As shown in a previous article, there are many different trading styles, and finding the one that fits your personality and also makes the most sense to your thinking is important in order to become a profitable trader. After choosing the trading style, a trader can choose from a variety of tools, indicators, concepts and other methods to analyze and make sense out of the price data that he sees on his charts. In the following article we provide an overview of the different tools a trader can choose from.
Price action analysis and price action traders mainly, sometimes exclusively, focus only on the information they can obtain by analyzing price information. By price information, we are referring to the line graph data, candlesticks or bar graph information. The two most commonly followed approaches are either analyzing and interpreting individual candlesticks and bars, or looking at a sample of past candlesticks and then trying to find patterns and formations in them that potentially provide information what is likely to happen next.
The reasoning behind this approach is that patterns repeat themselves and that past price movements can provide an indication of what is likely to happen next. Thus, price action traders believe that markets are repetitive in their nature and that predictive power is present if price information is analyzed effectively. In the advanced section we provide in-depth articles and guides about the different styles and ways to use price action information.
Together, with price action, indicators are the most common methodologies when it comes to analyzing charts. Indicators, in their core, take price data and information, apply a formula to it and then transform it into visual information and plot it on your charts. Indicators are typically found below the price action area, although some indicators (such as Bollinger Bans, moving averages) will be drawn right into the price chart.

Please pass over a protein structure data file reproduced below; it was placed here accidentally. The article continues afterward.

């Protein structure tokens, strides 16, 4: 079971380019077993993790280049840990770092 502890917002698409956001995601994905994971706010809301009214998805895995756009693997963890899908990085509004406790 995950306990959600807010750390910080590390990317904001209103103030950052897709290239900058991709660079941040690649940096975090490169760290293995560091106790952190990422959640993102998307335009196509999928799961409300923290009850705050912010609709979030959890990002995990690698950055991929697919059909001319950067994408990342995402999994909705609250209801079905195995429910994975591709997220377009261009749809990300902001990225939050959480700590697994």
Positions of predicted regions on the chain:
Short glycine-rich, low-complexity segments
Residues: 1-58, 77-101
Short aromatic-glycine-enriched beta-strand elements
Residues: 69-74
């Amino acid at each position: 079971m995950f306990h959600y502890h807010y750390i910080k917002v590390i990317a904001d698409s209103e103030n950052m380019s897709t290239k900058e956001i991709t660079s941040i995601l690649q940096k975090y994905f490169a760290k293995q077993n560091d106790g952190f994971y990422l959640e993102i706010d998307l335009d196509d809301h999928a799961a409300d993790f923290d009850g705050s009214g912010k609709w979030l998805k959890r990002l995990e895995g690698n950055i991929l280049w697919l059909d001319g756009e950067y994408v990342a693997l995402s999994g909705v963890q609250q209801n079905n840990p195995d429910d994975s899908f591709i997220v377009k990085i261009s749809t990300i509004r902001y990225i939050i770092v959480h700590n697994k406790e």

Different kinds of indicators with specific characteristics and different purposes exists and a trader has to choose from a wide variety of indicators based on the type of analysis he wants to make and also which market conditions are present. Trend-following indicators can possibly identify trends, evaluate the strength of a trend or if a trend is likely to be over. Range-indicators (oscillators), on the other hand, can be used during range-bound markets to identify possible turning points.
Trading Tools & other concepts
Another category of trading methodologies is the trading tools which are typically used in combination with either price action or indicator trading as an additional information source.
The most popular trading tools and concepts are support and resistance (horizontal lines in your price chart), trendlines and channels (diagonal lines in your price chart), the Fibonacci tool, the Gan fan and angles or Andrew’s pitchfork.
Trading tools follow the same premises as price action or indicator trading; the belief that past price behavior and price information can be used to forecast what is likely or possible to happen in the future is what drives traders towards these tools.
Fundamental traders follow a different approach and sometimes, do not even look at price charts to make decisions. Other times, fundamental information is used as an additional layer of information for price action or indicator traders that can help identify the broad market direction and the sentiment.
Fundamentals include important economic data such as interest rates, GDP figures, NFP and employment data, corporate earnings or other political and geopolitical data or events that can have an impact on the way price manifests and moves. Also, political and geopolitical conditions and events fall under this category.
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